thevoyage

Outboard shuts off - fuel tank sloshing

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Hey guys I was taking my tender out in the bay and the engine shut off a few times when I got into small swells. On a calm lake it was running fine the entire time except when I ran over wake and it threatened to shut off.

Its a 6hp tohatsu 4 stroke, 3 gallon west marine gas tank. Seems like others must have experienced this problem?

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No idea....

overheat sensor on many motors triggers shut down

A dirty fuel system is always worth considering 

the kill switch device is worth looking at 

Ive never used a four stroke...oil level sensor ?

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Have a look at the tank. The EPA mandates that gas containers NOT be vented these days. So the tank swells from the pressure and the pickup tube isn’t in the right place.

 

if you have an in-line demand valve between the tank and the engine that can also be problematic. But don’t just take that off without venting the tank in some way; see above pressurization issue

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The pickup for that stupid outboard (had one and hated it) is well above the bottom of the tank. Add a bit of chop and no fuel.

Keep the tank 1/3 full or more.

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The classic way to spot a fuel delivery issue is the squeeze the primer bulb as the engine begins to falter...force feed the motor. 

modern American gasoline is full of corn...this alcohol can cause plenty of dirty fuel problems  .  Check for corn cobs growing in your tank, fuel filter, carb ...

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Unlike Zonk, I liked that engine when I owned it. Like Zonk, I hated that tank. I kept it topped up so I didn't have the high pickup issue but I found I had to religiously remove the fuel line after use or the tank would bloat in warm weather and drive fuel into the carb, leading to flooding every single time I came back to the boat. 

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I have the same engine circa 2007. Currently shows 250 hours. My 3.1 gallon tank is vented, via a small, round, threaded vent, centered in the fuel gauge. It is not labelled and not mentioned in the instruction book. Turn left to open vent. It looks like Tohatsu is still selling the same tank on their webpage/catalog, so you might have a vent. If messing with the tank doesn't help, I would pull the cover and give the engine a good look over. Check all the connections, look for loose wires, etc. It could be electrical, but I suspect it's fuel delivery. The problems with my Tohatsu (except for a leaking prop seal) have ALL involved the carb. It would start and idle, rev in neutral, but would not rev in gear. I've pulled the carb 2x and flushed/cleaned it. The orifices are prone to clogging easily, even with a fuel filter in the line.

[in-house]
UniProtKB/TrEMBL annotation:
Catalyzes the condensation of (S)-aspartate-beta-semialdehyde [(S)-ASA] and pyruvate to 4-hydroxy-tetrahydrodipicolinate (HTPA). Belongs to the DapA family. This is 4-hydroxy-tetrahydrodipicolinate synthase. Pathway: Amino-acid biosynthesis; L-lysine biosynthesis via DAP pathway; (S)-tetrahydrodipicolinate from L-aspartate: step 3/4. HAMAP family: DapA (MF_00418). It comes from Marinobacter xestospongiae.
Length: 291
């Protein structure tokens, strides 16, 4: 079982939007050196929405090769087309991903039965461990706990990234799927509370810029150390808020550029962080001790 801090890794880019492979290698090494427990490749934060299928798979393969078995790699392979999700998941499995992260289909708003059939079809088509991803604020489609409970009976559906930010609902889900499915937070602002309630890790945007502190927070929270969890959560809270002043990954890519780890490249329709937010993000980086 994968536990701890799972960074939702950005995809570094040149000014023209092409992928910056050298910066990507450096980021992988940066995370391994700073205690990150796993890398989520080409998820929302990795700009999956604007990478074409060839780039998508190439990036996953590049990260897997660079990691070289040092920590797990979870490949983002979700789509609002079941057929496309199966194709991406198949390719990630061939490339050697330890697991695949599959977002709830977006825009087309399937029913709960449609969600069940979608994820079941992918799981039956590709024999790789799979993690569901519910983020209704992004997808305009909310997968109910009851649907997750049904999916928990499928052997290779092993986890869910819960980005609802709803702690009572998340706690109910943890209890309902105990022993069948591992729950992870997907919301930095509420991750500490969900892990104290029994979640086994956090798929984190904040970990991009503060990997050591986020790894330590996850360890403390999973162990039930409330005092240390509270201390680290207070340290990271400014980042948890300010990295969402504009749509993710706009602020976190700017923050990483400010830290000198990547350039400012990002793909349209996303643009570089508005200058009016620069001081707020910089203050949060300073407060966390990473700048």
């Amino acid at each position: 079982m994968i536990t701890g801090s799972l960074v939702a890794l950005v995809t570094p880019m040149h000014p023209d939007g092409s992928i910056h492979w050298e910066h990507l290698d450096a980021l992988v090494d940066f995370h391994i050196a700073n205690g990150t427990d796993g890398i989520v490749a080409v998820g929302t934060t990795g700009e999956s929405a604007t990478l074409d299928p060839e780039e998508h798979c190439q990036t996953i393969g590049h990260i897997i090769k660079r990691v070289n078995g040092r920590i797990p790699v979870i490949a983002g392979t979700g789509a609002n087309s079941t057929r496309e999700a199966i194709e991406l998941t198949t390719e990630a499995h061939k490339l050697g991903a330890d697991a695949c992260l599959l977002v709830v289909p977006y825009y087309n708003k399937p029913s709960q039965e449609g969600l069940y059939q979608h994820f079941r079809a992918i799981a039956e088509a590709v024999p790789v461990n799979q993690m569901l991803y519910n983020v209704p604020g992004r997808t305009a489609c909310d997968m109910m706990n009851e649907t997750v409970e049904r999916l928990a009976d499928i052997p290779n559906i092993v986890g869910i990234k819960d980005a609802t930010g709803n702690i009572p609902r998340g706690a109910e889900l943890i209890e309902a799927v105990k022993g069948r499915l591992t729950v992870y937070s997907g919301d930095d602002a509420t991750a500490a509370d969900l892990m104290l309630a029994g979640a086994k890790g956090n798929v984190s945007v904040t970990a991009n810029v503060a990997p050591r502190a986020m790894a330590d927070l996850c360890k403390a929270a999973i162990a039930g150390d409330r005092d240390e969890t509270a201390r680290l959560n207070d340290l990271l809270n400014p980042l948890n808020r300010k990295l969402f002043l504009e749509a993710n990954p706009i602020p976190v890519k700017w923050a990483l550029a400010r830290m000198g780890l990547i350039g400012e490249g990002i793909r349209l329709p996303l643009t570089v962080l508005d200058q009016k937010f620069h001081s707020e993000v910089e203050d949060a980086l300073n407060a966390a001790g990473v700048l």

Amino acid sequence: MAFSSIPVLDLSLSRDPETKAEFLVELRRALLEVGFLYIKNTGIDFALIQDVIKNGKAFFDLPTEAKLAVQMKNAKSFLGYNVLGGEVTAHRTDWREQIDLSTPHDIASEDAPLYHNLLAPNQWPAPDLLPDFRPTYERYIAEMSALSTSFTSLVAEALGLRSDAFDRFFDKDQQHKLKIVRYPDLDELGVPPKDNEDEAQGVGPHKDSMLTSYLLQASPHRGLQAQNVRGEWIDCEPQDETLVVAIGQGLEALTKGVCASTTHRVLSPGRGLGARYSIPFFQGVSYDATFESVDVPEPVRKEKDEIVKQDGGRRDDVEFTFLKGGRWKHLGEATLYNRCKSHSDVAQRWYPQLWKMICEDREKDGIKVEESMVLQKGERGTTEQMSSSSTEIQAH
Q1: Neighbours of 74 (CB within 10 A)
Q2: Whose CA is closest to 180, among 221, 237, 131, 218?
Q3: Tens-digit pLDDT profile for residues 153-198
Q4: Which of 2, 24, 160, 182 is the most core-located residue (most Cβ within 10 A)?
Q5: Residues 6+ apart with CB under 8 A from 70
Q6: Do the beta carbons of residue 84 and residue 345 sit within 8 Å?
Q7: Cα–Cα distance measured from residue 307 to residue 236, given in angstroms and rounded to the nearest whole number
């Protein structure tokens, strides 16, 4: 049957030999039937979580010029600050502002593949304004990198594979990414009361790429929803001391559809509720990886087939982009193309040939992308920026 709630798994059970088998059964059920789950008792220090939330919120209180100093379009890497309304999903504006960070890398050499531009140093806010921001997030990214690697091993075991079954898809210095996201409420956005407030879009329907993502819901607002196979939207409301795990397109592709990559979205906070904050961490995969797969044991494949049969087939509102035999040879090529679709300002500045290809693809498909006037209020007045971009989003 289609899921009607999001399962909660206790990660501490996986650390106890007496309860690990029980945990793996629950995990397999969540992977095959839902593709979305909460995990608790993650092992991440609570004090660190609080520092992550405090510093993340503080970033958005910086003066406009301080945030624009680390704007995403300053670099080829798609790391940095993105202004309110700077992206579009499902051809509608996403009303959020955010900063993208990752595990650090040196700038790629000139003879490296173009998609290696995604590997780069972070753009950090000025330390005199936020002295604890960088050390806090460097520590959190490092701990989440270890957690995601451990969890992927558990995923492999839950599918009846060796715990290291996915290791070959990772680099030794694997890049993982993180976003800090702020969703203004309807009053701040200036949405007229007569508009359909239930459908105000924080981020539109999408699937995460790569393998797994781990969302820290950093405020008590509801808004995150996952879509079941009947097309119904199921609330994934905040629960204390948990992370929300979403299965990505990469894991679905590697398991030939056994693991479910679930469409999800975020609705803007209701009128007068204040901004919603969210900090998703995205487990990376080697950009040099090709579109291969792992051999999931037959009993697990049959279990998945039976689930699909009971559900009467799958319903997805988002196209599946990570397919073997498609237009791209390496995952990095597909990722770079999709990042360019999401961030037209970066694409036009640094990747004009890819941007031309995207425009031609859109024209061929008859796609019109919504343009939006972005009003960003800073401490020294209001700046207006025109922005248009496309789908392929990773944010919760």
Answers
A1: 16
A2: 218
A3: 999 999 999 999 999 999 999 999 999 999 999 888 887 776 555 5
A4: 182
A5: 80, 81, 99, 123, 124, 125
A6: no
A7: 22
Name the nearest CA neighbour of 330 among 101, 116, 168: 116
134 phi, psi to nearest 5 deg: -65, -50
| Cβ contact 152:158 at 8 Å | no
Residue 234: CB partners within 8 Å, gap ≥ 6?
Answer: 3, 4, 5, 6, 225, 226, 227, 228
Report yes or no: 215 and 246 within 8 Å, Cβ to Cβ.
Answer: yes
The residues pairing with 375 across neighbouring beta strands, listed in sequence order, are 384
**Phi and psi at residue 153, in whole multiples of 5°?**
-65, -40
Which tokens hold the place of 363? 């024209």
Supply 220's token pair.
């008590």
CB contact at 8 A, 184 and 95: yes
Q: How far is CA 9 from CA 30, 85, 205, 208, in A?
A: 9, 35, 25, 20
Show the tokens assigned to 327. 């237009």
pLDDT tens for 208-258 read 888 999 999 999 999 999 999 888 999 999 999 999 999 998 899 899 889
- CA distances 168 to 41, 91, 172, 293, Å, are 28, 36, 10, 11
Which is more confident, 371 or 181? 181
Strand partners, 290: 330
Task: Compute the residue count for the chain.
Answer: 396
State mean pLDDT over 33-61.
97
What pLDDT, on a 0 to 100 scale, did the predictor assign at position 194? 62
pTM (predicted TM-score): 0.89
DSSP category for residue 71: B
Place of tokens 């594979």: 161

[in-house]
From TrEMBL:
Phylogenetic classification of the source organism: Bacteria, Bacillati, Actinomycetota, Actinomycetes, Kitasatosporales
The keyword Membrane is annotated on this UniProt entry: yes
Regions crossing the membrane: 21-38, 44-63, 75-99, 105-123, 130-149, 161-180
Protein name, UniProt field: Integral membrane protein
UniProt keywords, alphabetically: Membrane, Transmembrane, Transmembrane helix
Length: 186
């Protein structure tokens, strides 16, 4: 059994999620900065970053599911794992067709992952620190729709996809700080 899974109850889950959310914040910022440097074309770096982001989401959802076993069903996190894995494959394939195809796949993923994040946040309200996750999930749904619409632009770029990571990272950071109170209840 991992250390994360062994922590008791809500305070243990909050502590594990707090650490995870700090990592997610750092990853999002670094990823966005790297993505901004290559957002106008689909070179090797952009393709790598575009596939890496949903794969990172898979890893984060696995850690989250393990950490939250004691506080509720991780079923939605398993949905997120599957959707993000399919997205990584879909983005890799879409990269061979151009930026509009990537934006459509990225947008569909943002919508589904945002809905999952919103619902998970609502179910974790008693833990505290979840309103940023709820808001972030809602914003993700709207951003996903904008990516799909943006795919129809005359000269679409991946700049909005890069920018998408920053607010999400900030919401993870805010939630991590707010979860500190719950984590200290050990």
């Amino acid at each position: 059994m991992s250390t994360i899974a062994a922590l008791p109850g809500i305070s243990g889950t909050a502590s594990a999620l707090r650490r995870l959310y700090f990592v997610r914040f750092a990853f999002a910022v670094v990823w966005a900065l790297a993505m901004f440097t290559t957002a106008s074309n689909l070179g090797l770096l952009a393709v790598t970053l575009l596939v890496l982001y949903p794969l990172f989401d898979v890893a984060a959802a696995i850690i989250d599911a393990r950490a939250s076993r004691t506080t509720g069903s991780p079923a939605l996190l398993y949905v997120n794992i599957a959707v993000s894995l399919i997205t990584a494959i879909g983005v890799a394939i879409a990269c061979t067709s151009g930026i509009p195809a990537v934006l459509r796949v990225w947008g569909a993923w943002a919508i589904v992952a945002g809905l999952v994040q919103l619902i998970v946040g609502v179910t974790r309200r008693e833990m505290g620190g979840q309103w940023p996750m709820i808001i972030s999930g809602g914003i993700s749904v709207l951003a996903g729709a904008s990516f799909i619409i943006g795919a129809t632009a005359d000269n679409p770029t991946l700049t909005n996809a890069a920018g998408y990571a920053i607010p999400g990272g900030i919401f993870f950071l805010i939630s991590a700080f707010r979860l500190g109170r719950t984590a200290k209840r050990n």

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The carb would clog if it you looked at it with slightly squinty eyes...

It would also clog if the day of the week ended with a "Y"

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Mine had the threaded vent too. If you leave it open when not in use, you get water in the fuel, a clogged carb, and a short shelf life due to volatiles escaping. If you close it, you get pressure-driven fuel past the needle valve and flooding when you come back to the boat. My solution included ethanol-free gas, disconnecting the gas line and shutting the vent between uses, and keeping the tank topped up. With that, it served me well.

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20 hours ago, thevoyage said:

Guys it's the external 3 gallon tank. That tank is also airtight however

Air tight? You must have a vent, right??

It is a fuel delivery problem. Make sure you take the motor/tank to a proper mech once a year to clean the crap out left by the new gas formulations.

California has far reaching tentacles. 
After running my OB, I flush with Freshwater and run the Carb/fuel injectors dry. Then I manually run some Carb cleaner through the fuel system.
I have to  do this because the fuel volatile's will dry up and leave a residue that will need a breakdown to clean. It can hang up  your fuel delivery system.

The fuel of your father's is not the fuel you run through your OB.

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unplug fuel line -let carb run dry-later plug line in -no deposits in the carb jets-no overpressure to flood engine

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On 1/10/2018 at 4:14 PM, thevoyage said:

the engine shut off a few times when I got into small swells. On a calm lake it was running fine the entire time except when I ran over wake and it threatened to shut off.

 

bet there is water in the bottom of the tank .

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9 hours ago, Mid said:

 

bet there is water in the bottom of the tank .

Guys this is a brand new gas. Along with a little bit of carb cleaner for good luck. The gas tank is very much air tight as well

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I would say the carburetor float and/or needle valve are not set properly. Bouncing around makes the needle valve stick in the orifice, because the level in the float bowl is too high, or because gunk is keeping the needle valve in place too long. Then the engine starves.

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